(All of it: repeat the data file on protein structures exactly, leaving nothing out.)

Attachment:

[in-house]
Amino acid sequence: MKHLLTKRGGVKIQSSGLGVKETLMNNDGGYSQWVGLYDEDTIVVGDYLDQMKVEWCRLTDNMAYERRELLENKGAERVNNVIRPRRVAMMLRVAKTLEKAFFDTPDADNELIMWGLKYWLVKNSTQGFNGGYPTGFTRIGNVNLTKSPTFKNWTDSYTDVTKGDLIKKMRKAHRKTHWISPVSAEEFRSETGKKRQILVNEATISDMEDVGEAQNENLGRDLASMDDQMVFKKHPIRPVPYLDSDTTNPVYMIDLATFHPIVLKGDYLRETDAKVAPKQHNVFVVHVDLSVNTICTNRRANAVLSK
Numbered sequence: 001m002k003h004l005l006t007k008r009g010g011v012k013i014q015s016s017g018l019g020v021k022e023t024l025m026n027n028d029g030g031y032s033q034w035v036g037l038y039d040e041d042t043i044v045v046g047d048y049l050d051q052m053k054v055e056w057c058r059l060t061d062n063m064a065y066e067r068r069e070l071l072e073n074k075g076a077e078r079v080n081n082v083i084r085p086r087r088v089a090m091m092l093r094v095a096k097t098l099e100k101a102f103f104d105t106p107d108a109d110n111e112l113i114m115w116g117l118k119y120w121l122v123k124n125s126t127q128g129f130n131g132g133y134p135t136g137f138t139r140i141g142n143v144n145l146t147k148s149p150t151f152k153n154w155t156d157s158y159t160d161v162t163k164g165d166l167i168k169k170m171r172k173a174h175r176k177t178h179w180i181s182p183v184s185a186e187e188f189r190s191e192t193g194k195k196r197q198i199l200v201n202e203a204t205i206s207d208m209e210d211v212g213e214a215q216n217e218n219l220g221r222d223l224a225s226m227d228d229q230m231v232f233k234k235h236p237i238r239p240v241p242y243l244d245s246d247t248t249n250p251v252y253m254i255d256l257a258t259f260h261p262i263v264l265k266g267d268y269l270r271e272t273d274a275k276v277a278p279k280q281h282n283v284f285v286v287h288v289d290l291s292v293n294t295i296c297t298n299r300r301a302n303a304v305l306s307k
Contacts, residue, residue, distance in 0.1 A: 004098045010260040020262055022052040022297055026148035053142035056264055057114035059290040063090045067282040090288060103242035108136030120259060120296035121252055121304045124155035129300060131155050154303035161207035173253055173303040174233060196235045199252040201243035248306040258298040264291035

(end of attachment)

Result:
[in-house]
Amino acid sequence: MKHLLTKRGGVKIQSSGLGVKETLMNNDGGYSQWVGLYDEDTIVVGDYLDQMKVEWCRLTDNMAYERRELLENKGAERVNNVIRPRRVAMMLRVAKTLEKAFFDTPDADNELIMWGLKYWLVKNSTQGFNGGYPTGFTRIGNVNLTKSPTFKNWTDSYTDVTKGDLIKKMRKAHRKTHWISPVSAEEFRSETGKKRQILVNEATISDMEDVGEAQNENLGRDLASMDDQMVFKKHPIRPVPYLDSDTTNPVYMIDLATFHPIVLKGDYLRETDAKVAPKQHNVFVVHVDLSVNTICTNRRANAVLSK
Numbered sequence: 001m002k003h004l005l006t007k008r009g010g011v012k013i014q015s016s017g018l019g020v021k022e023t024l025m026n027n028d029g030g031y032s033q034w035v036g037l038y039d040e041d042t043i044v045v046g047d048y049l050d051q052m053k054v055e056w057c058r059l060t061d062n063m064a065y066e067r068r069e070l071l072e073n074k075g076a077e078r079v080n081n082v083i084r085p086r087r088v089a090m091m092l093r094v095a096k097t098l099e100k101a102f103f104d105t106p107d108a109d110n111e112l113i114m115w116g117l118k119y120w121l122v123k124n125s126t127q128g129f130n131g132g133y134p135t136g137f138t139r140i141g142n143v144n145l146t147k148s149p150t151f152k153n154w155t156d157s158y159t160d161v162t163k164g165d166l167i168k169k170m171r172k173a174h175r176k177t178h179w180i181s182p183v184s185a186e187e188f189r190s191e192t193g194k195k196r197q198i199l200v201n202e203a204t205i206s207d208m209e210d211v212g213e214a215q216n217e218n219l220g221r222d223l224a225s226m227d228d229q230m231v232f233k234k235h236p237i238r239p240v241p242y243l244d245s246d247t248t249n250p251v252y253m254i255d256l257a258t259f260h261p262i263v264l265k266g267d268y269l270r271e272t273d274a275k276v277a278p279k280q281h282n283v284f285v286v287h288v289d290l291s292v293n294t295i296c297t298n299r300r301a302n303a304v305l306s307k
Contacts, residue, residue, distance in 0.1 A: 004098045010260040020262055022052040022297055026148035053142035056264055057114035059290040063090045067282040090288060103242035108136030120259060120296035121252055121304045124155035129300060131155050154303035161207035173253055173303040174233060196235045199252040201243035248306040258298040264291035